World

More Underemployed Britons Suffering Than Americans

by Andrew Rzepa and Glenn Phelps

Underemployed more likely to be angry, worried, sad, and stressed

LONDON -- Suffering among underemployed Britons showed signs of rising before the recent riots in the United Kingdom, according to new Gallup-Healthways Well-Being Index data. The percentage of underemployed Britons who rated their lives poorly enough to be considered "suffering" increased from 6% to 8% between 2010 and 2011, making them twice as likely to be suffering as Britons in general (4%) and as underemployed Americans (4%).

Life evaluations in 2010 vs. 2011.gif

The Life Evaluation Index, a component of the Gallup-Healthways Well-Being Index, asks Britons to evaluate their current lives as well as their expectations of where they will be in five years using the Cantril Self-Anchoring Striving Scale from 0 to 10, with "0" indicating the worst possible life and "10" the best possible life. Britons who say they presently stand on steps 0 to 4 of the ladder and expect to stand on steps 0 to 4 five years from now are classified as "suffering." The slight uptick in suffering among underemployed Britons may reflect their increasing pessimism as unemployment started to rise again this year and the government instituted new austerity measures.

Life evaluations over time.gif

Suffering Britons also express hardship in more specific ways. Those who are suffering tend to report higher levels of anger, worry, and sadness than Britons whose are "struggling" or "thriving." Gallup finds this same tendency among Americans, as well as other populations it has studied.

suffering britons negative emotions.gif

Underemployed Britons, whom Gallup defines as adults who are unemployed or who work part time but desire full-time work, are also more likely than employed Britons to experience many of these same negative emotions.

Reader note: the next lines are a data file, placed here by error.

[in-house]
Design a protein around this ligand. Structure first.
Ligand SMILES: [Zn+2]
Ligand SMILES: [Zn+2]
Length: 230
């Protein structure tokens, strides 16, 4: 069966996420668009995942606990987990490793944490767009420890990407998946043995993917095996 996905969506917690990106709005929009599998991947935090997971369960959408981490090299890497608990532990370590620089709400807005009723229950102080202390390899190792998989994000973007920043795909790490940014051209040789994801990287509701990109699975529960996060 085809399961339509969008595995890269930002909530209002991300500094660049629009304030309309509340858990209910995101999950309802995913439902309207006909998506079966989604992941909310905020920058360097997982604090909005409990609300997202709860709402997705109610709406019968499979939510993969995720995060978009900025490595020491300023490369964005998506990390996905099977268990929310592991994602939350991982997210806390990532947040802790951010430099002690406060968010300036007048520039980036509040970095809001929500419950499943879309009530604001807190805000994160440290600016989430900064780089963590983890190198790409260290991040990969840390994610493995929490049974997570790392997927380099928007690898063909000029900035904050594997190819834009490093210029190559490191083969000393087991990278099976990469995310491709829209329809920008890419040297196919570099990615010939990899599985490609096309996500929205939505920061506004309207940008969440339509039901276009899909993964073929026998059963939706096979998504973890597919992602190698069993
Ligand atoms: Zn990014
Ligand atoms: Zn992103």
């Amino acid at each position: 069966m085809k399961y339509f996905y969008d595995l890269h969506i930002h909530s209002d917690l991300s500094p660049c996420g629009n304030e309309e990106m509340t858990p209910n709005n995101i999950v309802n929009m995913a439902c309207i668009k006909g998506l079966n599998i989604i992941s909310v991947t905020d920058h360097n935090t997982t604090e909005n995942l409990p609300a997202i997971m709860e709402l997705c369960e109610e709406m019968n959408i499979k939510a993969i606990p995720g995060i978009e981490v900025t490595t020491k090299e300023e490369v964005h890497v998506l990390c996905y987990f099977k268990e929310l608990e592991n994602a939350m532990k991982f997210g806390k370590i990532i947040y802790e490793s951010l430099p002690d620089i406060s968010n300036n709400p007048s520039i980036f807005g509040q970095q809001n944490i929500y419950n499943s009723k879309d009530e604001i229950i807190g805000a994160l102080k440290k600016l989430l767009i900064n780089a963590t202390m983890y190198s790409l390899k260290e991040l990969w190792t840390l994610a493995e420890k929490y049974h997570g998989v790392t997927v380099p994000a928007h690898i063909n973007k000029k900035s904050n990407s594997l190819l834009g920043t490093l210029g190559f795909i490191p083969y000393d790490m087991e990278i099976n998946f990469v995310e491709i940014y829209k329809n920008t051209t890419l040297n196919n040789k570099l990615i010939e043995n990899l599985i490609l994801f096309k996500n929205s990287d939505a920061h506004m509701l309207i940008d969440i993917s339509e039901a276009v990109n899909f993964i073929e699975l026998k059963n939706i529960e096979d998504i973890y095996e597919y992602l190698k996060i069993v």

underemployed britons negative emotions.gif

Implications

The suffering among underemployed Britons and the negative emotions that tend to accompany this state of wellbeing suggest there may be some validity to British Prime Minister David Cameron's argument that sections of British society are "broken" and "sick." As the government attempts to address the causes of the recent riots, the data suggest that in addition to the reported societal elements that were a precursor to the riots, legislators should also give weight to economic drivers and job creation.

Julie Ray contributed to this report.

View all Gallup-Healthways Well-Being Index questions and methodology.

About the Gallup-Healthways Well-Being Index

The Gallup-Healthways Well-Being Index tracks U.S. and U.K. wellbeing and provides best-in-class solutions for a healthier world. To learn more, please visit well-beingindex.com.

Survey Methods

Results are based on telephone interviews conducted as part of the Gallup-Healthways Well-Being Index survey March 1-June 30, 2011, with a random sample of 3,933 adults, aged 18 and older, living in in the United Kingdom, selected using random-digit-dial sampling.

For results based on the total sample of national adults, one can say with 95% confidence that the maximum margin of sampling error is ±2.1 percentage points. The sample included 317 underemployed adults.

Interviews are conducted with respondents on landline telephones and cellular phones. Each daily sample includes a minimum quota of 5 cell phone respondents and 29 landline respondents, with additional minimum quotas among landline respondents for gender within the regions. Landline respondents are chosen at random within each household on the basis of which member had the most recent birthday.

Samples are weighted by gender, age, education, region, adults in the household, and cell phone status. Demographic weighting targets are based on the most recently published population data from teh Census Bureau for Northern Ireland, Scotland, England, and Wales. All reported margins of sampling error include the computed design effects for weighting and sample design.

In addition to sampling error, question wording and practical difficulties in conducting surveys can introduce error or bias into the findings of public opinion polls.

Results for earlier survey data are based on telephone interviews with approximately 1,000 British adults, aged 18 and older, conducted yearly in 2005, 2007, 2008, 2009, and 2010. For results based on the total sample of national adults, one can say with 95% confidence that the maximum margin of sampling error is between ±3.3 percentage points and ±3.8 percentage points. The 2010 survey included interviews with 116 underemployed adults.

For more details on Gallup's polling methodology, visit http://www.gallup.com/.




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